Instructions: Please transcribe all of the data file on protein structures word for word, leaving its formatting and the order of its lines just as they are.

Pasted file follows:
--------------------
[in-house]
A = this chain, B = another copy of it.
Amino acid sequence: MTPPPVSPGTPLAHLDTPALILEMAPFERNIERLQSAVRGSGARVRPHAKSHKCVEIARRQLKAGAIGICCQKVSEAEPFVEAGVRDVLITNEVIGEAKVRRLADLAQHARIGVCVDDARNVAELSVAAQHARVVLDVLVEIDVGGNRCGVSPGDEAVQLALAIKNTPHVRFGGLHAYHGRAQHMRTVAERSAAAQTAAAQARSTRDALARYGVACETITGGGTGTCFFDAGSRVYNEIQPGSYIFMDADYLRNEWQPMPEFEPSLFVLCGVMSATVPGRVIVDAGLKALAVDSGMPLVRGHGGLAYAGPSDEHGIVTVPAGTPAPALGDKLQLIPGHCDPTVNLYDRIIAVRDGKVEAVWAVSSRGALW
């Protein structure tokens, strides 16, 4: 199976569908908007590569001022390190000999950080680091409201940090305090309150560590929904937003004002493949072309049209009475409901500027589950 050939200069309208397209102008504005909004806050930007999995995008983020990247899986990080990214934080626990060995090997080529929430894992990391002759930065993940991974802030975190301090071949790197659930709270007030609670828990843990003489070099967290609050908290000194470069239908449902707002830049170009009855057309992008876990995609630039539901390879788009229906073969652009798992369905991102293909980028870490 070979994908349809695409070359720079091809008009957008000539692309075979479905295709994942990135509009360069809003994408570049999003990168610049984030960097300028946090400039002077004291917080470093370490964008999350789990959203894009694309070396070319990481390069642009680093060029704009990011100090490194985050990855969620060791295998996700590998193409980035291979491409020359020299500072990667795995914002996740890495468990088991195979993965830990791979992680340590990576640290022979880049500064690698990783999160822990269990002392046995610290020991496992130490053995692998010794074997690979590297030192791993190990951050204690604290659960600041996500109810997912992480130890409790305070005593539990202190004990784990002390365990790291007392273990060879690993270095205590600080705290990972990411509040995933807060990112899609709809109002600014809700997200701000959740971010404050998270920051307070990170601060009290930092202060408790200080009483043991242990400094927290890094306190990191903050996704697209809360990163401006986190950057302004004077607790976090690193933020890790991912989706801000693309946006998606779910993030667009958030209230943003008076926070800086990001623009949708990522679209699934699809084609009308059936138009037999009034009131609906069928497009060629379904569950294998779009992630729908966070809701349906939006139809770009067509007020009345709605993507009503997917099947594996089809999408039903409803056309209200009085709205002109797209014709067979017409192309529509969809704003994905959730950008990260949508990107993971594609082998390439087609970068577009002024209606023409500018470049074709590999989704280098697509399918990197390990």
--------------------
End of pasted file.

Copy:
[in-house]
A = this chain, B = another copy of it.
Amino acid sequence: MTPPPVSPGTPLAHLDTPALILEMAPFERNIERLQSAVRGSGARVRPHAKSHKCVEIARRQLKAGAIGICCQKVSEAEPFVEAGVRDVLITNEVIGEAKVRRLADLAQHARIGVCVDDARNVAELSVAAQHARVVLDVLVEIDVGGNRCGVSPGDEAVQLALAIKNTPHVRFGGLHAYHGRAQHMRTVAERSAAAQTAAAQARSTRDALARYGVACETITGGGTGTCFFDAGSRVYNEIQPGSYIFMDADYLRNEWQPMPEFEPSLFVLCGVMSATVPGRVIVDAGLKALAVDSGMPLVRGHGGLAYAGPSDEHGIVTVPAGTPAPALGDKLQLIPGHCDPTVNLYDRIIAVRDGKVEAVWAVSSRGALW
């Protein structure tokens, strides 16, 4: 199976569908908007590569001022390190000999950080680091409201940090305090309150560590929904937003004002493949072309049209009475409901500027589950 050939200069309208397209102008504005909004806050930007999995995008983020990247899986990080990214934080626990060995090997080529929430894992990391002759930065993940991974802030975190301090071949790197659930709270007030609670828990843990003489070099967290609050908290000194470069239908449902707002830049170009009855057309992008876990995609630039539901390879788009229906073969652009798992369905991102293909980028870490 070979994908349809695409070359720079091809008009957008000539692309075979479905295709994942990135509009360069809003994408570049999003990168610049984030960097300028946090400039002077004291917080470093370490964008999350789990959203894009694309070396070319990481390069642009680093060029704009990011100090490194985050990855969620060791295998996700590998193409980035291979491409020359020299500072990667795995914002996740890495468990088991195979993965830990791979992680340590990576640290022979880049500064690698990783999160822990269990002392046995610290020991496992130490053995692998010794074997690979590297030192791993190990951050204690604290659960600041996500109810997912992480130890409790305070005593539990202190004990784990002390365990790291007392273990060879690993270095205590600080705290990972990411509040995933807060990112899609709809109002600014809700997200701000959740971010404050998270920051307070990170601060009290930092202060408790200080009483043991242990400094927290890094306190990191903050996704697209809360990163401006986190950057302004004077607790976090690193933020890790991912989706801000693309946006998606779910993030667009958030209230943003008076926070800086990001623009949708990522679209699934699809084609009308059936138009037999009034009131609906069928497009060629379904569950294998779009992630729908966070809701349906939006139809770009067509007020009345709605993507009503997917099947594996089809999408039903409803056309209200009085709205002109797209014709067979017409192309529509969809704003994905959730950008990260949508990107993971594609082998390439087609970068577009002024209606023409500018470049074709590999989704280098697509399918990197390990």